The second part of the paper would answer questions relating to impairment of assets. It will involve a critique of the circumstances under which impairment is declared. It will also explain when companies must perform impairment reviews and examine a practical case of impairment my Peugeot-Citroen and Vodafone.
A. Managers' Incentive for Earning Management.
“Earning management occurs when managers use judgement in financial reporting and in structuring transactions to alter financial reports to either mislead some stakeholders about the underlying economic performance of the company or to influence contractual outcomes that depend on reporting accounting numbers” (Rowen and Yaari, 2009: 26). This implies that earning management is centred around the fact that a firm's directors and managers might want to present information in a way and manner that is not true nor accurate.
Earning management is sometimes called disclosure management and creative accounting. It includes the use of approaches and systems to disclose accounting information in a way and manner that meets a defined end or objective (Alistair, 2008). Managers often have targets that are predetermined for them by the board of directors. This implies that they would have to work hard and do whatever is legally acceptable and possible to meet those objectives and standards.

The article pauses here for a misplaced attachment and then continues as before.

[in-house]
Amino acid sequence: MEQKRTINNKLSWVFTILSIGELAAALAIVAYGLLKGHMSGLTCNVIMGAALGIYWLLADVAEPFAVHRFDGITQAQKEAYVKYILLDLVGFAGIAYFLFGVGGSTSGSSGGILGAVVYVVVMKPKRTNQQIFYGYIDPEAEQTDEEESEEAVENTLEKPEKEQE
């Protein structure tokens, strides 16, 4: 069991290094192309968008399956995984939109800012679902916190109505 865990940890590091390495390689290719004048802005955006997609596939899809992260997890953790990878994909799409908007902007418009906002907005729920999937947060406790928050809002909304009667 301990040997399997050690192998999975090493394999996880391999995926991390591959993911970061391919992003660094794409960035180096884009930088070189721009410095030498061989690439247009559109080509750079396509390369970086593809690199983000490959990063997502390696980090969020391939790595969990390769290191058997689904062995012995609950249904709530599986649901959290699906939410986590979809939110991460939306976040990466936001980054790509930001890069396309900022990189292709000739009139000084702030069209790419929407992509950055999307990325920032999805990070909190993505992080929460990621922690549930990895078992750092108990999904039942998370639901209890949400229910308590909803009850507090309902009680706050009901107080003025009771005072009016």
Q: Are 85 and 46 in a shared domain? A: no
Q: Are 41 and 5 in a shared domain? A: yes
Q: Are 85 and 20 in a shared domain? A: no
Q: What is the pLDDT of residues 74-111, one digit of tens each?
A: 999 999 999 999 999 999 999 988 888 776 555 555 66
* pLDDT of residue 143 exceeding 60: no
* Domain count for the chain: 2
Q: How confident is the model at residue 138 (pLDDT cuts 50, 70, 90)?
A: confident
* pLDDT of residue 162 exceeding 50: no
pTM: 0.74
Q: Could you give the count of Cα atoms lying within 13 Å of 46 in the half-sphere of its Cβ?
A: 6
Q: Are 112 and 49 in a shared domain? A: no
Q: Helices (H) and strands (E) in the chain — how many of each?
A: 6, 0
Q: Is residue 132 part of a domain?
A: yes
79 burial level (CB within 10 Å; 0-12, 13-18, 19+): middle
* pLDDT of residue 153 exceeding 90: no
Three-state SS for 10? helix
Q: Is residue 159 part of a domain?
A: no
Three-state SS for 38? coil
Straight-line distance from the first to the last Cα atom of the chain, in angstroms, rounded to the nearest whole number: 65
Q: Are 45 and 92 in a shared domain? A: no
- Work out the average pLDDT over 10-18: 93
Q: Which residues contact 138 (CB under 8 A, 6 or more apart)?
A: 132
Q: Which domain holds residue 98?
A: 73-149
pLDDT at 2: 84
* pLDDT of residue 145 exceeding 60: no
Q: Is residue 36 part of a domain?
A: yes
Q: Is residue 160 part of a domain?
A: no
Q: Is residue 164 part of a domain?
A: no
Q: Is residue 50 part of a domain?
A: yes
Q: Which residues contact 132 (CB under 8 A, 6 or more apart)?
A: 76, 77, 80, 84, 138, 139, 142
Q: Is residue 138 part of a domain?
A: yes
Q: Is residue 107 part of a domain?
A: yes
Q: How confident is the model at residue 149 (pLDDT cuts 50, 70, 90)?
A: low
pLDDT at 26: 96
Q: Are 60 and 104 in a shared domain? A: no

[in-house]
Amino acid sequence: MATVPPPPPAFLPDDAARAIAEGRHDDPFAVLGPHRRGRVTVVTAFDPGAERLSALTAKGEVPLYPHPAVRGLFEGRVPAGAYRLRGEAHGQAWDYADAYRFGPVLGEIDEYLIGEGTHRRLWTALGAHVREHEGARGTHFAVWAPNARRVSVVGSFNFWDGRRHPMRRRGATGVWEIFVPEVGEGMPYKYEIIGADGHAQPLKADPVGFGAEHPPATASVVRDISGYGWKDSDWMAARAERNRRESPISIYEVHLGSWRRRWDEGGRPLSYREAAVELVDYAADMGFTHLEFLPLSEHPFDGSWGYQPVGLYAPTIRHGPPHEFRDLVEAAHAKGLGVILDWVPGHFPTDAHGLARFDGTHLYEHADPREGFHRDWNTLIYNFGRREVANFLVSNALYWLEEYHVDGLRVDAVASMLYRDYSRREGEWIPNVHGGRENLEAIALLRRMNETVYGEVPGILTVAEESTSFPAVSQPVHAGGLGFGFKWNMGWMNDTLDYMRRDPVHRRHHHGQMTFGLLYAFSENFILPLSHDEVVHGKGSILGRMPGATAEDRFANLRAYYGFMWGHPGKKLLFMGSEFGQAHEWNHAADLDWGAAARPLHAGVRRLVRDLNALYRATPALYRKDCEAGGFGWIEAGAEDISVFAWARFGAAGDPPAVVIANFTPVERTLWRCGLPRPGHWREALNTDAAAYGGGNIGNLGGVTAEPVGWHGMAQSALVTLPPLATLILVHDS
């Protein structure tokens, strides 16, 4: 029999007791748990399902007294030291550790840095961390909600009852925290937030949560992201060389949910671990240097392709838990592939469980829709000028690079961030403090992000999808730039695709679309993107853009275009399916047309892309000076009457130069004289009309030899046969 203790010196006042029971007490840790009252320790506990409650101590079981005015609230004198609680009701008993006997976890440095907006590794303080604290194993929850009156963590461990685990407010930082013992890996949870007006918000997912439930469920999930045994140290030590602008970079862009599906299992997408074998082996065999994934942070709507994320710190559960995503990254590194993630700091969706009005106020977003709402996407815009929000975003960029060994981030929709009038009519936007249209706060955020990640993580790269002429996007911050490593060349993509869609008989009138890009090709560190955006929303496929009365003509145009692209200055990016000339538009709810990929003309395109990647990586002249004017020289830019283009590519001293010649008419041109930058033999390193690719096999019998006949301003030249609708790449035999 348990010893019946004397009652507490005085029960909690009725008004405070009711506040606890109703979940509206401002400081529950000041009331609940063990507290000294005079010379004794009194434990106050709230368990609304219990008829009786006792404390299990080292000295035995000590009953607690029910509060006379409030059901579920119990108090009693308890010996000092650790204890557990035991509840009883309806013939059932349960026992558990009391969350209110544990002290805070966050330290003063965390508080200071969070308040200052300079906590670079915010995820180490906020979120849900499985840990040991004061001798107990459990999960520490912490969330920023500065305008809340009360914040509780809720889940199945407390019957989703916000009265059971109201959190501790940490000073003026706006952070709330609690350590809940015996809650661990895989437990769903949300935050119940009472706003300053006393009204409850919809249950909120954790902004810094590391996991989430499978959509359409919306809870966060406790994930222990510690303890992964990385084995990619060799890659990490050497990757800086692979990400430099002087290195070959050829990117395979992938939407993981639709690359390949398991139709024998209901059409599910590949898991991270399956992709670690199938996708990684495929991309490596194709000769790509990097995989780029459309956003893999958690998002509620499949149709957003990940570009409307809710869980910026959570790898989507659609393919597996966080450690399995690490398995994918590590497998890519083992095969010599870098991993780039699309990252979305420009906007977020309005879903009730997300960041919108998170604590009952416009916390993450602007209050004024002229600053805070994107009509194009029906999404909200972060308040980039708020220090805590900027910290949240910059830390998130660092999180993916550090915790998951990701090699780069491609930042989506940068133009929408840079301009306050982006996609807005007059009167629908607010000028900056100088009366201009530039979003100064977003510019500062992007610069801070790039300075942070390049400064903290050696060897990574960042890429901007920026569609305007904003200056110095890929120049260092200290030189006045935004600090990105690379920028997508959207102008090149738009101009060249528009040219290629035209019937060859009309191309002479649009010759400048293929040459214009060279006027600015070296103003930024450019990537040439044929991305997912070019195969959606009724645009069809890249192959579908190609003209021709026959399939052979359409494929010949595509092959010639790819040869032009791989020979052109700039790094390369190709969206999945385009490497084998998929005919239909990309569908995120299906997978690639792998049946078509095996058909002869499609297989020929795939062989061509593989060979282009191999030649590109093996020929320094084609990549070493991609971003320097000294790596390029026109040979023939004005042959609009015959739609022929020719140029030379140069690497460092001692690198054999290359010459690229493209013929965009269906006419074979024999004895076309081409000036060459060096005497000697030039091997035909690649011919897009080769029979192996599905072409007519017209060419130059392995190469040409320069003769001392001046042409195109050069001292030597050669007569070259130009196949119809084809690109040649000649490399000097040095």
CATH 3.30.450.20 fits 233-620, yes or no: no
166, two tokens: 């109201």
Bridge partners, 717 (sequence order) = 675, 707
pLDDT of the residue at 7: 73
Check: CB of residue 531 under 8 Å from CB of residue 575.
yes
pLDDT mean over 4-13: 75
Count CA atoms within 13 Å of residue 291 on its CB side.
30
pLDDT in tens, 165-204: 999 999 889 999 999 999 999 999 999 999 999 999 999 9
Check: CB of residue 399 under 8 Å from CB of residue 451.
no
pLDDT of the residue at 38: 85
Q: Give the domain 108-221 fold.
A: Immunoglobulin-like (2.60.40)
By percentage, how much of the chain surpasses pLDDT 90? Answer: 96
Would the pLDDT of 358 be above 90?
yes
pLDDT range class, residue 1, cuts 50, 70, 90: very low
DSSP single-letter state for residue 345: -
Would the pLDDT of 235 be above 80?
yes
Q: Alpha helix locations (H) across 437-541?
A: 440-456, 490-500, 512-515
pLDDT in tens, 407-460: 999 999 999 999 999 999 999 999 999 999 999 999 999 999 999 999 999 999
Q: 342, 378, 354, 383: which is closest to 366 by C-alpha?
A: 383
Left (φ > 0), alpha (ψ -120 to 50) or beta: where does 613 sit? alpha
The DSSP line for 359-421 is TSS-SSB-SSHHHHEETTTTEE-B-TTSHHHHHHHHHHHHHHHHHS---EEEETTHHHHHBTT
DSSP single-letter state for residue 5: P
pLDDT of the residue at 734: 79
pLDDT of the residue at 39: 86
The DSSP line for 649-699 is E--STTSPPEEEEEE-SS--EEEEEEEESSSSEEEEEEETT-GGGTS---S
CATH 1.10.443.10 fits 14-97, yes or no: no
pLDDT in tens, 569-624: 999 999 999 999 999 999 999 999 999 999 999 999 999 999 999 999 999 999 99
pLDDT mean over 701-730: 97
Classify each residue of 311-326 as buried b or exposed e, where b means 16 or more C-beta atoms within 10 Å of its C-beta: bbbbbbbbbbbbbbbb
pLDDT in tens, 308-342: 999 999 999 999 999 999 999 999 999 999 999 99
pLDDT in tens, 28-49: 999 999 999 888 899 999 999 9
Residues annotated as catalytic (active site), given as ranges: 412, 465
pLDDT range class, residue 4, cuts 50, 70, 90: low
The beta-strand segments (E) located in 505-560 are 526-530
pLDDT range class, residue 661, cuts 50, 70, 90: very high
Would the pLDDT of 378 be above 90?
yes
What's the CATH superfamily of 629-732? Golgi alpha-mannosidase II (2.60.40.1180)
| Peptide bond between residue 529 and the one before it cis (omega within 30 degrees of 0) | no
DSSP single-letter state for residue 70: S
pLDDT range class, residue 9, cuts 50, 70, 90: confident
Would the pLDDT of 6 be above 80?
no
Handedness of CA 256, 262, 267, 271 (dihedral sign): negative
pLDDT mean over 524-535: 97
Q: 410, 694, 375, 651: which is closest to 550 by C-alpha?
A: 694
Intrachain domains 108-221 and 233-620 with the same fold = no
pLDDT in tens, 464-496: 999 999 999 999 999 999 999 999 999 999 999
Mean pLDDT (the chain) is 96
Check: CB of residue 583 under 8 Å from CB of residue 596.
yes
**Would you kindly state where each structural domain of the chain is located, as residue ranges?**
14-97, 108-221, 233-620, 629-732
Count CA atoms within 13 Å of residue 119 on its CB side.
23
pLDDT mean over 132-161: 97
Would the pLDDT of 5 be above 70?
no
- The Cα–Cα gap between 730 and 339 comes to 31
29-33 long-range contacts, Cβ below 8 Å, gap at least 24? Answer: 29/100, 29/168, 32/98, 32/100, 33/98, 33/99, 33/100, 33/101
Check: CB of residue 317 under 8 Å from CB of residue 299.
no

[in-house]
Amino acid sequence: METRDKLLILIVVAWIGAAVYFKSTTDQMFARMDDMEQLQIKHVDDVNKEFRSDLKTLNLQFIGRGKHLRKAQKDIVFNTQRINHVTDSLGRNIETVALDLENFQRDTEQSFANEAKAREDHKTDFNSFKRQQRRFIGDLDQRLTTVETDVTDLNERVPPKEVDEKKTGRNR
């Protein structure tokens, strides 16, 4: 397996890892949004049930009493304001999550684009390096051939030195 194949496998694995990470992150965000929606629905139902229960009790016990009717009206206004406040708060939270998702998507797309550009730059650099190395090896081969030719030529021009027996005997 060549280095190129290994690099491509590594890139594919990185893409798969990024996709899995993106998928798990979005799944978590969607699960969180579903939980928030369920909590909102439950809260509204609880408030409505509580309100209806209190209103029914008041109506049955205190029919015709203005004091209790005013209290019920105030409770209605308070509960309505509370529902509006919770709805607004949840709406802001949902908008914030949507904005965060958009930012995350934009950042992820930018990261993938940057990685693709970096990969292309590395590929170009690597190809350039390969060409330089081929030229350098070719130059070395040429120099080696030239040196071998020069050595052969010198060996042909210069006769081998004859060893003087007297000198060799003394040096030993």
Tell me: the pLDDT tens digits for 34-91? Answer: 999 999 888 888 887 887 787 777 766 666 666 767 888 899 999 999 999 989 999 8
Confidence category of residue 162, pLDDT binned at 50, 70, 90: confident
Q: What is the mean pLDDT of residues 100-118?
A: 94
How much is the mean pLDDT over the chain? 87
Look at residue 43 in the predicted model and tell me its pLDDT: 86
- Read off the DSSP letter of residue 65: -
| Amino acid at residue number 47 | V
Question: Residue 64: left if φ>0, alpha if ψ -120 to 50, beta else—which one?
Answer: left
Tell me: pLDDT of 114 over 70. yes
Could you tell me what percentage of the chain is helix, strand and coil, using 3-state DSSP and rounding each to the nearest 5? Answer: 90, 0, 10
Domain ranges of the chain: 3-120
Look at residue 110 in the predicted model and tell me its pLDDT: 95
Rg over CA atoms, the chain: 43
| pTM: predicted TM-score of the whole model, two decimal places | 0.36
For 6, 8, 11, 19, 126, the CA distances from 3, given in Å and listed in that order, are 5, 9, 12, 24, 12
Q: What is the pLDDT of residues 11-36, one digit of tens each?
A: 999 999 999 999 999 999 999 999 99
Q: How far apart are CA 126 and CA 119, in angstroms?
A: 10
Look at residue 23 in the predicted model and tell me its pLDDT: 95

In the process of attaining the given standards and objectives of financial statements, most managers end up putting together financial statements in a creative manner. In other words, they do everything possible and practicable to balance the accounts so that it reflects the ends or the final figure that is expected of the management of an organization. In most situations, earning management is done to smoothen profits and ensure that the earning of the company in a given period is forged in a way and manner that it is in line with targets. This presents a different reality of the earnings of the period and this defeats the purpose of financial statements and financial reporting of capturing the economic realities in an objective and complete manner. These managers therefore manage their earning and disclosures in a way that favours them and enables them to appear to be meeting the end that they have in mind. In a research conducted by Cheng and Warfield (2005) they identified that the main objective for earning management amongst manager includes three interlinked ideas and concepts. They include: 1. Earning management incentives 2. Future manager trading. 3. Enhancement of organisational position. The first idea is that earning management incentive allows managers to attain the favour of people who set targets for them. This is because in most cases, managers are judged and assessed on the basis of the attainment of results and targets. In reality, manager's worth is identified by how well he meets the financial and economic targets that are set by the people at the top of corporate governance. There is therefore the desire or expectation to use creative techniques to ensure that they attain financial targets. This leads to pressure to use various loopholes and techniques in accounting concepts to present a favourable position. The second idea is that managers often get incentives that are tied to their performance.